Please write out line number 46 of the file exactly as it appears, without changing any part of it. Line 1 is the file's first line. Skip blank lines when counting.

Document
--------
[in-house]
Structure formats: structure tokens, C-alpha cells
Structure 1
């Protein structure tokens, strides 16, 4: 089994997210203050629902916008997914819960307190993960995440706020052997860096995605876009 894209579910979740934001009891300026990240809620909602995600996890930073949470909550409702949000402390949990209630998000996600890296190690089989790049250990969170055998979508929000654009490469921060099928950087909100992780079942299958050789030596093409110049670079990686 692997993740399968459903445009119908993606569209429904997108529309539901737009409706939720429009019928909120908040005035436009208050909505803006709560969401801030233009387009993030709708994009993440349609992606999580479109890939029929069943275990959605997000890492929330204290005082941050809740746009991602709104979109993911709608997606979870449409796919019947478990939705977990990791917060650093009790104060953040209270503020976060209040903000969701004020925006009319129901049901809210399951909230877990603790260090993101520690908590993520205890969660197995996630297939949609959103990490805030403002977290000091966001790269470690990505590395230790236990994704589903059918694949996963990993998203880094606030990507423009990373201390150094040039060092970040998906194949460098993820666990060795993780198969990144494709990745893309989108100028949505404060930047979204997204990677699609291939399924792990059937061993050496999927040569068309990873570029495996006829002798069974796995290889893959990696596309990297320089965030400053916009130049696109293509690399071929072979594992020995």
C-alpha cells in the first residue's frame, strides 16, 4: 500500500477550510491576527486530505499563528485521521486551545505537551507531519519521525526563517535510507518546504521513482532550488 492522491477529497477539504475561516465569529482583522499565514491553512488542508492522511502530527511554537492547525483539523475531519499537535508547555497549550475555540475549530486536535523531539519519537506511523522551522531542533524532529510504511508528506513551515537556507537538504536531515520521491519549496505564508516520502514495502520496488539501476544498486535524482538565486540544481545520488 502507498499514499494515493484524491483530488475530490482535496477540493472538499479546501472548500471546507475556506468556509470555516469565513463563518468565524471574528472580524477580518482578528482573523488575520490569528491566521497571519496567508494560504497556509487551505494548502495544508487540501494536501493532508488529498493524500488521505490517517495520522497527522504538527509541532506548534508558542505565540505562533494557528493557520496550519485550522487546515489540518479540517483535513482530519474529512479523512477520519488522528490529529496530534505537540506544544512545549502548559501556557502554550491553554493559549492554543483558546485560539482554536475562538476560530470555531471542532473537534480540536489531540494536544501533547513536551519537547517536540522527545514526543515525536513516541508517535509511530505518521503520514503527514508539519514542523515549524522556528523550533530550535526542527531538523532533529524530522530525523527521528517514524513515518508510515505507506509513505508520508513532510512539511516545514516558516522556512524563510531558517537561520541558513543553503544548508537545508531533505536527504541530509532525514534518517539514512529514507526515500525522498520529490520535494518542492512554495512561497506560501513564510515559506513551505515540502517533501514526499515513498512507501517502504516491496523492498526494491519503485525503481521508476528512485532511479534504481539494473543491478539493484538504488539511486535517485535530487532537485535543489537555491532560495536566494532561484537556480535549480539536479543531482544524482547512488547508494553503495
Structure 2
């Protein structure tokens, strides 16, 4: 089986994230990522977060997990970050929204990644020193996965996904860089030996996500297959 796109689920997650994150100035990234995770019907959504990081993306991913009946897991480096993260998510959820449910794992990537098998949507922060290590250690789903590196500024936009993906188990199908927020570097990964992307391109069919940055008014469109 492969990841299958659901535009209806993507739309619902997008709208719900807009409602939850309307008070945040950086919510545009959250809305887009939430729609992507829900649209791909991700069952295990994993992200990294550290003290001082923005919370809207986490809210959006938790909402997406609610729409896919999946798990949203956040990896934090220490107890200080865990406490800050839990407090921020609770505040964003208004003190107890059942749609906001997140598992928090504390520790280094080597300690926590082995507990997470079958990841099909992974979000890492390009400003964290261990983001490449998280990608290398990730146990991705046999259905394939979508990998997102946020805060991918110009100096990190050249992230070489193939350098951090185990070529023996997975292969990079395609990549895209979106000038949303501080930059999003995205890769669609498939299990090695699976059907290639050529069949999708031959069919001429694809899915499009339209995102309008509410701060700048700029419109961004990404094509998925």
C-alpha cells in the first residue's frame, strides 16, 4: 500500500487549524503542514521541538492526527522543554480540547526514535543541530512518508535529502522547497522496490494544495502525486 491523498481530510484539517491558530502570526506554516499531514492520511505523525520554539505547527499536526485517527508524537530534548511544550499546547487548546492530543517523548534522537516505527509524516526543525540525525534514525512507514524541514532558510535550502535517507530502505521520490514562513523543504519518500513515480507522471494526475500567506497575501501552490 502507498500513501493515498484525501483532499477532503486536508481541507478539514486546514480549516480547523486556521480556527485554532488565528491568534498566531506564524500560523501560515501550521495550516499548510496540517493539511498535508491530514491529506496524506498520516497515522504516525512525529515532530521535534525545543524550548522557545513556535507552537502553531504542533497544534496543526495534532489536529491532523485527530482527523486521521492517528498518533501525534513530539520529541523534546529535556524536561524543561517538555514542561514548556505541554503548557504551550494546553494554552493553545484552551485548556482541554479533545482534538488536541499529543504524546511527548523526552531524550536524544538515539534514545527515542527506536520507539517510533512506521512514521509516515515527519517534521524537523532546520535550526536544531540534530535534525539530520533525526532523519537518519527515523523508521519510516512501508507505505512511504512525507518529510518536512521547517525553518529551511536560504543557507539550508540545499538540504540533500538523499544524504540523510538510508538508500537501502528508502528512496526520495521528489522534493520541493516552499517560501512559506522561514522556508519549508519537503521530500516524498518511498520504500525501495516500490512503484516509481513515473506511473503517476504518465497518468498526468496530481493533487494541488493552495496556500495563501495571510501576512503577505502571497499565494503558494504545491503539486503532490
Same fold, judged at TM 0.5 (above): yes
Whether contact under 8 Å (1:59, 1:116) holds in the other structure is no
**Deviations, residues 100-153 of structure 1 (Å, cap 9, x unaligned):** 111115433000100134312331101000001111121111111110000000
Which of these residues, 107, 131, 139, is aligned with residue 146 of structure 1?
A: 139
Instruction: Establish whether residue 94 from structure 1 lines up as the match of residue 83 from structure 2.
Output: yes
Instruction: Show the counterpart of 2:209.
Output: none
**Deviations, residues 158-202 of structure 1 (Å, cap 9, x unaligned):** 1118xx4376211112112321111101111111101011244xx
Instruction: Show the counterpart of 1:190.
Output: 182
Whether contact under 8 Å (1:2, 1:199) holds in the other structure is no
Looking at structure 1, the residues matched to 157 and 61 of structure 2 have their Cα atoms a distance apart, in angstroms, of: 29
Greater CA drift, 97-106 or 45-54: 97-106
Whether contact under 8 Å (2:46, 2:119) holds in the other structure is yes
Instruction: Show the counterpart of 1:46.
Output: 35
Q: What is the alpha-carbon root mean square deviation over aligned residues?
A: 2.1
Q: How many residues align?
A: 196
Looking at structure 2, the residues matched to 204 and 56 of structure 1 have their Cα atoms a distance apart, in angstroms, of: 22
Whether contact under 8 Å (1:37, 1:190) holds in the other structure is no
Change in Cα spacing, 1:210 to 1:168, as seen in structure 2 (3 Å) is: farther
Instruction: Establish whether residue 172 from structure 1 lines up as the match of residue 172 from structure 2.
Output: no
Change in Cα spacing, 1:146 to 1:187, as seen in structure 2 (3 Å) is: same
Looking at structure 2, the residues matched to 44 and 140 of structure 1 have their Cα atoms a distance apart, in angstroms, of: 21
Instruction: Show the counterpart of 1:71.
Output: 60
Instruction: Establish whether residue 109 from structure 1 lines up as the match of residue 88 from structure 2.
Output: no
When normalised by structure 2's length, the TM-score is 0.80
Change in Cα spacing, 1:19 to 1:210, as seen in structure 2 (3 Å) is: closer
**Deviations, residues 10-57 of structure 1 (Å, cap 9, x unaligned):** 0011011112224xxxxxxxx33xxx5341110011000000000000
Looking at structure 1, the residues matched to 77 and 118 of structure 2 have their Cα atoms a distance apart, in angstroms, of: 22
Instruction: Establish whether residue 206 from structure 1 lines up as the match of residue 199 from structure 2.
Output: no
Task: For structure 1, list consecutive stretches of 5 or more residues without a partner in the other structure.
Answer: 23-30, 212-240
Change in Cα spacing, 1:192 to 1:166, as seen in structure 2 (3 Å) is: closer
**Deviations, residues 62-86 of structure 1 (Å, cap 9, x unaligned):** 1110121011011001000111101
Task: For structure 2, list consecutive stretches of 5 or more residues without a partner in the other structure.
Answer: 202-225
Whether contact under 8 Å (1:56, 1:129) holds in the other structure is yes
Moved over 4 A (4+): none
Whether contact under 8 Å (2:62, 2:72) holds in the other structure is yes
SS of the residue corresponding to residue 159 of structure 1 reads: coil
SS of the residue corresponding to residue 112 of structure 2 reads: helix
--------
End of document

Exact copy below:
Instruction: Establish whether residue 206 from structure 1 lines up as the match of residue 199 from structure 2.